Facebook Paid Contractors to Transcribe User's Audio on Messenger

by WF Will Administrator
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Facebook was Paying Outside Contractors to Transcribe User Audio Chats - Has Now Ceased the Practice

It's just emerged that Facebook has been using hundreds of contractors to transcribe clips of audio from users of its services. Bloomberg is reporting that some of the contractors have disclosed this information under anonymity - after becoming disturbed by the nature of the work.

The Bloomberg article states that the workers aren't informed how or where the audio was recorded and that the material is sometimes vulgar. It seems they're puzzled and slightly concerned why Facebook needs transcriptions.

The report seemed to hamper gains in Facebook stock, which was up 1.6% by 3.30 pm at $188.37 on Tuesday. Earlier increases were as high as 3.2%.

Facebook confirmed the fact it's been transcribing users' audio but said it has since ceased the practice, after scrutiny of other companies.
"Much like Apple and Google, we paused human review of audio more than a week ago,"
the company said Tuesday. Facebook says affected users chose the option to have their voice chats recorded and that the contractors' role is one of checking the effectiveness of artificial intelligence. They also state that all of the user audio is anonymized.

Amazon, Google and Apple recently admitted to human review of audio connected with Alexa, Alphabet and Siri requests, and got widely panned on grounds of privacy. Bloomberg reported in April that Amazon uses thousands of workers to listen to Alexa requests. They also suggest similar activity on the part of Google and Apple, with both those companies having since announced they've stopped the practice. Amazon has said they'll allow users to opt-out of human review.

Facebook has long denied it collects user audio to improve ads or help determine news feed content. Chief Executive Officer Mark Zuckerberg addressed the subject directly in Congressional testimony.
"You're talking about this conspiracy theory that gets passed around that we listen to what's going on on your microphone and use that for ads," he told U.S. Senator Gary Peters in April. "We don't do that."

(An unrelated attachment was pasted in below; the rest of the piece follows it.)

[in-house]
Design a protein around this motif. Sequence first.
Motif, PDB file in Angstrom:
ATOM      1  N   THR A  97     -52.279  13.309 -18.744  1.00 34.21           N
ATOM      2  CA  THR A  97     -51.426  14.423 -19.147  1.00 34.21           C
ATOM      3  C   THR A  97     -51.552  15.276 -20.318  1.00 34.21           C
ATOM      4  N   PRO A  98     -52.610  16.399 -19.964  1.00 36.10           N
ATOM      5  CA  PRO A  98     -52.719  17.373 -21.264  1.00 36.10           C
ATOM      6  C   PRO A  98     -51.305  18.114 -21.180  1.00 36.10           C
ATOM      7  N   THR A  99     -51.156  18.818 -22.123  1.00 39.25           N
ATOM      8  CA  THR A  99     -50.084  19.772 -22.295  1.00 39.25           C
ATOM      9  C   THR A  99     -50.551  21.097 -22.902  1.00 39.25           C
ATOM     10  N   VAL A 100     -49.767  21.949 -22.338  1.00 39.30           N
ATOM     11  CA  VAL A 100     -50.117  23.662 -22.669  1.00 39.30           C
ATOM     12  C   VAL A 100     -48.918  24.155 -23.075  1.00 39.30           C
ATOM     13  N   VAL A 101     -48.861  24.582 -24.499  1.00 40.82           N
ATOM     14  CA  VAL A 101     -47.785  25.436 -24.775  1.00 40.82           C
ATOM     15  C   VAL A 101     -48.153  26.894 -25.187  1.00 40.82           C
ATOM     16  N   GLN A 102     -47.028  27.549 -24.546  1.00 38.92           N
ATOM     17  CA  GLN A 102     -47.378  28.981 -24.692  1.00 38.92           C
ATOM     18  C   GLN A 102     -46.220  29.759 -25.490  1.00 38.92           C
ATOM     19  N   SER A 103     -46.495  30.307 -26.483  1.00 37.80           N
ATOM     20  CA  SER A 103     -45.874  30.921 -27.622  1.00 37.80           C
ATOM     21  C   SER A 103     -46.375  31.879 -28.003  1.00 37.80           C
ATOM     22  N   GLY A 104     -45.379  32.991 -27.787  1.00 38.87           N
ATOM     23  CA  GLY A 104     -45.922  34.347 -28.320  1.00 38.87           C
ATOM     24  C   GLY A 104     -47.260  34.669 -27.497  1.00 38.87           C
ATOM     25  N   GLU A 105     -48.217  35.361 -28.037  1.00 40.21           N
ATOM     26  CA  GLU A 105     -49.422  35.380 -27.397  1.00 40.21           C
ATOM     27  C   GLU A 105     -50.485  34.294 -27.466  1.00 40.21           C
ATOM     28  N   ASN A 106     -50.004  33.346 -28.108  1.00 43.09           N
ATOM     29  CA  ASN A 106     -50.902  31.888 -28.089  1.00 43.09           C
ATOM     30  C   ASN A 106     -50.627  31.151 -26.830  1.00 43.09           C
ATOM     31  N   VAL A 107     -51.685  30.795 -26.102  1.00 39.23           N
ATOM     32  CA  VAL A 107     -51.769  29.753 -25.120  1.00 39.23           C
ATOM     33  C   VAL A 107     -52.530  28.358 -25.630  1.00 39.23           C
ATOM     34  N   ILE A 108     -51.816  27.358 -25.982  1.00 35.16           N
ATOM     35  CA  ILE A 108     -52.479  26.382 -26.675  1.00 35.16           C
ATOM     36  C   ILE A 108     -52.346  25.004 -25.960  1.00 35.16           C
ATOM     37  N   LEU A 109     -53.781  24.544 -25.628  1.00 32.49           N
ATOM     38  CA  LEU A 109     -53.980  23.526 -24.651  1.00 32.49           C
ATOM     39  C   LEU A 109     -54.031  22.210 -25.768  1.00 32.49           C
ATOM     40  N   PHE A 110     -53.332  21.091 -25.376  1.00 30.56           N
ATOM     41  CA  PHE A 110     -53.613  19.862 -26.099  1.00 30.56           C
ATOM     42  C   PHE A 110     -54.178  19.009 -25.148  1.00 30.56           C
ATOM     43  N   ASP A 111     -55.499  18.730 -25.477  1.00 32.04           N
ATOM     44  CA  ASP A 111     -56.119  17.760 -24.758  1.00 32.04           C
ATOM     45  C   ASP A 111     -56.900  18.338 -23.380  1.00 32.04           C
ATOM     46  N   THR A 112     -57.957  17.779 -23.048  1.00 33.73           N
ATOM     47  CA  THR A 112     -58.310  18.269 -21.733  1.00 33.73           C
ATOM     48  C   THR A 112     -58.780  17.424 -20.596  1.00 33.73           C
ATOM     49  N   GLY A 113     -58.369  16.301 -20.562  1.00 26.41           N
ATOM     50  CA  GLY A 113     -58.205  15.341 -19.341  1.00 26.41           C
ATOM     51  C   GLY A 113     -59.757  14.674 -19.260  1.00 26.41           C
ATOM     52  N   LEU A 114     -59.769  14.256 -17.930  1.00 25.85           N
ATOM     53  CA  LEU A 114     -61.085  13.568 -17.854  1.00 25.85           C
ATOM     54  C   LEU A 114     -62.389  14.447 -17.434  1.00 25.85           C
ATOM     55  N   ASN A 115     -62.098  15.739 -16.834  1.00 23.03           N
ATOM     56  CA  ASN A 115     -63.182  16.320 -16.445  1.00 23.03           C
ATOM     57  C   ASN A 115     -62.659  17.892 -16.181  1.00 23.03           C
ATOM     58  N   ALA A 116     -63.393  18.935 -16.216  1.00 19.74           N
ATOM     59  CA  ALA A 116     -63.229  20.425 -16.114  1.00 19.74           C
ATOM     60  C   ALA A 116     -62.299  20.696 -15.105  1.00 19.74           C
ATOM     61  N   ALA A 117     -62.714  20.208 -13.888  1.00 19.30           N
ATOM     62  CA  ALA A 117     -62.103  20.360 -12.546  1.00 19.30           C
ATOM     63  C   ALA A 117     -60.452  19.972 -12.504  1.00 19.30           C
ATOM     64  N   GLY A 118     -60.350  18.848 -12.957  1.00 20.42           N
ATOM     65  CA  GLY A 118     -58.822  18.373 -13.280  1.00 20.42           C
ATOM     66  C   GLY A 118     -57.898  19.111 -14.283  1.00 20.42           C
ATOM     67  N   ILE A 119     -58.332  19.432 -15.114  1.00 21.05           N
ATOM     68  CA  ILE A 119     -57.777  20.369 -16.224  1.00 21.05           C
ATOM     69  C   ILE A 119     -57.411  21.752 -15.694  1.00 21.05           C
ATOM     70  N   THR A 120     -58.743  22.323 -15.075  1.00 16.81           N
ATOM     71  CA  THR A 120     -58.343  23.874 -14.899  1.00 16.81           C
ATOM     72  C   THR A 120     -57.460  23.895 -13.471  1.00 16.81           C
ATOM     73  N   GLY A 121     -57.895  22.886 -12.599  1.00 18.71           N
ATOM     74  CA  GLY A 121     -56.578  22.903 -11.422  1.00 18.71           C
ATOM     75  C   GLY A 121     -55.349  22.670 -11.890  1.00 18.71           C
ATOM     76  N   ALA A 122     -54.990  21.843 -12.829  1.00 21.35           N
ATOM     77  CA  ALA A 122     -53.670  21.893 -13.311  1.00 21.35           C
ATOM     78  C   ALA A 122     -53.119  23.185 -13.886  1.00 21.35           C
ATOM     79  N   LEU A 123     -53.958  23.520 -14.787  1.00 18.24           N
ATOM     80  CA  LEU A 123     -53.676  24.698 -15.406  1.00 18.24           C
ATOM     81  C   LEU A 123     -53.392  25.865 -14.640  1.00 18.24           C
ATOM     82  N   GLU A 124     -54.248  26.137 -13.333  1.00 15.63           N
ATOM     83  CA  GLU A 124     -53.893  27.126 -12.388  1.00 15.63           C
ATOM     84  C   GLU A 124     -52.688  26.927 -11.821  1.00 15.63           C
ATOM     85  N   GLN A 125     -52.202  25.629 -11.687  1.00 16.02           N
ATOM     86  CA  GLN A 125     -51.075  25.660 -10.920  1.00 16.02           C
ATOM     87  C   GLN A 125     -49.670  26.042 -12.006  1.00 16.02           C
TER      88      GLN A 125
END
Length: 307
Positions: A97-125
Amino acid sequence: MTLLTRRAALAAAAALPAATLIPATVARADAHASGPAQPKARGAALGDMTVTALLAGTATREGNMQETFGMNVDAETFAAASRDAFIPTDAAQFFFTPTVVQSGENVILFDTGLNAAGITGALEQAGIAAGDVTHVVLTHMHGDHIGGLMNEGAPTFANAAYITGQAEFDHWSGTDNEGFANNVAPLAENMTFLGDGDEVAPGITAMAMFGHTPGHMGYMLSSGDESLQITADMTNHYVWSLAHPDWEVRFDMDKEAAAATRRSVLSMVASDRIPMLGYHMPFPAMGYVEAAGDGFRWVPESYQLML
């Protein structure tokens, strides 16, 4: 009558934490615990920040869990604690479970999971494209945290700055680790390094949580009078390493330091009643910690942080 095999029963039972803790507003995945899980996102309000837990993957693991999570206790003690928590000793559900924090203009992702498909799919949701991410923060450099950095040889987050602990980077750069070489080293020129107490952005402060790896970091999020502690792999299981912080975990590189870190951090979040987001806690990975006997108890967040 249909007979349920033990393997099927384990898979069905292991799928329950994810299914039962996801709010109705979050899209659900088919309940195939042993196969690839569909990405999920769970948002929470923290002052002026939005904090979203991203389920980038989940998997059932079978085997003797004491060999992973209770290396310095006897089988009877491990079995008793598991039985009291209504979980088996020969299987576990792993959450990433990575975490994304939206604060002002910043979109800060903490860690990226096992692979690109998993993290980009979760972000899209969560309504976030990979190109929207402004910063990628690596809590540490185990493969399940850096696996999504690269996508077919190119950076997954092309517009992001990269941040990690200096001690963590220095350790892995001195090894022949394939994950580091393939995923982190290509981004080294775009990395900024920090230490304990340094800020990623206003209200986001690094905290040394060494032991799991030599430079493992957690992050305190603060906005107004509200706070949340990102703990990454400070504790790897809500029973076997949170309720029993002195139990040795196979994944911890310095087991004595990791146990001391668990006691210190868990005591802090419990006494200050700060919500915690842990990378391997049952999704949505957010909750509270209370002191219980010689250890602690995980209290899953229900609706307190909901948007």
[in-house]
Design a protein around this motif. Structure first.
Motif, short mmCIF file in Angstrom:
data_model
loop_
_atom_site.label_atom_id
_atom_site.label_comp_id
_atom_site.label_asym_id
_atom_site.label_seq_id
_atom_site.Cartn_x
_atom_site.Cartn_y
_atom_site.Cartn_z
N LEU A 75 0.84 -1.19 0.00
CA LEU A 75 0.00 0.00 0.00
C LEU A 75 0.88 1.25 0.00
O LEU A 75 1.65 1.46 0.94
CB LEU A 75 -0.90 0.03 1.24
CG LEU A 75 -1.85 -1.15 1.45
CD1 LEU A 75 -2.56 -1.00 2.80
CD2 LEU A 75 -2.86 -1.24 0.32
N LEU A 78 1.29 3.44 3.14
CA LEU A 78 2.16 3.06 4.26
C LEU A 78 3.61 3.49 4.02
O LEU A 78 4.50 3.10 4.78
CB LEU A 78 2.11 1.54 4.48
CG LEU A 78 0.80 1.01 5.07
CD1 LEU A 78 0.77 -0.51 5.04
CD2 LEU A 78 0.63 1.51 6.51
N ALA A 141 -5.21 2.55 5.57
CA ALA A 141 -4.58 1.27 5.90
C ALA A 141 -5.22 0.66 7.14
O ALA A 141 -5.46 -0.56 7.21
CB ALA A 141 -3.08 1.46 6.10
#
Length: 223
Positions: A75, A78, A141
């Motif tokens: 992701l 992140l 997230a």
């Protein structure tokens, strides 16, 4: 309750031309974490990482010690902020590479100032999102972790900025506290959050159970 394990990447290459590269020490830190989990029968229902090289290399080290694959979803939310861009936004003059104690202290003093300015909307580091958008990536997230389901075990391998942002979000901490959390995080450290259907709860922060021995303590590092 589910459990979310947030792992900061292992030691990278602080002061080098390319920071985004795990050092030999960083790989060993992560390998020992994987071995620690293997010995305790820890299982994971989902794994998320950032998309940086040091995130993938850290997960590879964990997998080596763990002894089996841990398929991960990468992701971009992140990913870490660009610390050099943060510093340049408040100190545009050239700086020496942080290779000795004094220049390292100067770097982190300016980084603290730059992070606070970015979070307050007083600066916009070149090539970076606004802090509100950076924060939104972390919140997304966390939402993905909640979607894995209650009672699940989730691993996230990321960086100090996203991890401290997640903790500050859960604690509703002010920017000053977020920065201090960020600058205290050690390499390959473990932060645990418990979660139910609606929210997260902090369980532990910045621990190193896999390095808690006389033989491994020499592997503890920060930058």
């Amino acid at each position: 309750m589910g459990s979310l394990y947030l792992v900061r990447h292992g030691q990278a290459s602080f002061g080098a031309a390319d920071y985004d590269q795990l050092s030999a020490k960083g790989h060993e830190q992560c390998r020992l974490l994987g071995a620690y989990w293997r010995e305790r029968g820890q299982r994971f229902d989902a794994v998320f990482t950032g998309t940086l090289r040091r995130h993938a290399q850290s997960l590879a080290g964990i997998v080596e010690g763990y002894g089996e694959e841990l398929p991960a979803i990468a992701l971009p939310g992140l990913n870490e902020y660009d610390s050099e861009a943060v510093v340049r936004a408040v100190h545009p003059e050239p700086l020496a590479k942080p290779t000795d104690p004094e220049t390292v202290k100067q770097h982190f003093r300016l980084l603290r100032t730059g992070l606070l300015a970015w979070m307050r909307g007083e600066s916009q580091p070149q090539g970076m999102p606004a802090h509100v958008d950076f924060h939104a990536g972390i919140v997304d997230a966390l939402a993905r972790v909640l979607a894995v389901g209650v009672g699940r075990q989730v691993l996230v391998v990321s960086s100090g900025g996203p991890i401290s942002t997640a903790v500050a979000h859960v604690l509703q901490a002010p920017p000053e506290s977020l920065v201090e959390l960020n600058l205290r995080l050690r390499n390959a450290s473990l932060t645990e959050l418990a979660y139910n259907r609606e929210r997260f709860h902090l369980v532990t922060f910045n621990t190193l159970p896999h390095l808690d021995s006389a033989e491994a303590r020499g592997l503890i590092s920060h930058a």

Facebook follow-up answers for Congress stated that microphones are only accessed if a user has given the app permission and a feature that requires audio is being used. The company's answers didn't address the subject of what happened to that audio after it had been recorded.

Bloomberg reports that some contractors are bothered that their work is unethical because Facebook doesn't tell users that outside parties may review their audio. We're told that one of the firms counting Facebook as a large and important client is California-based TaskUs Inc. Bloomberg sources claim that employees of TaskUs aren't permitted to mention publicly that they're working for Facebook, referring to them only by the code name "Prism."

Facebook's data-use policy was revised last year but makes zero mention of audio. It does state the company will collect "content, communications and other information you provide" when users "message or communicate with others."

Facebook mentions automatic processing of content and communications but not human beings screening the material. In a list of "types of third parties we share information with," Facebook doesn't speak of a transcription team, but vaguely refers to "vendors and service providers who support our business" by "analyzing how our products are used."

Facebook first gave Messenger users the option to have their audio transcribed in 2015.

What do you guys think Facebook is really using this information for? Is this another case of Cambridge Analytica?
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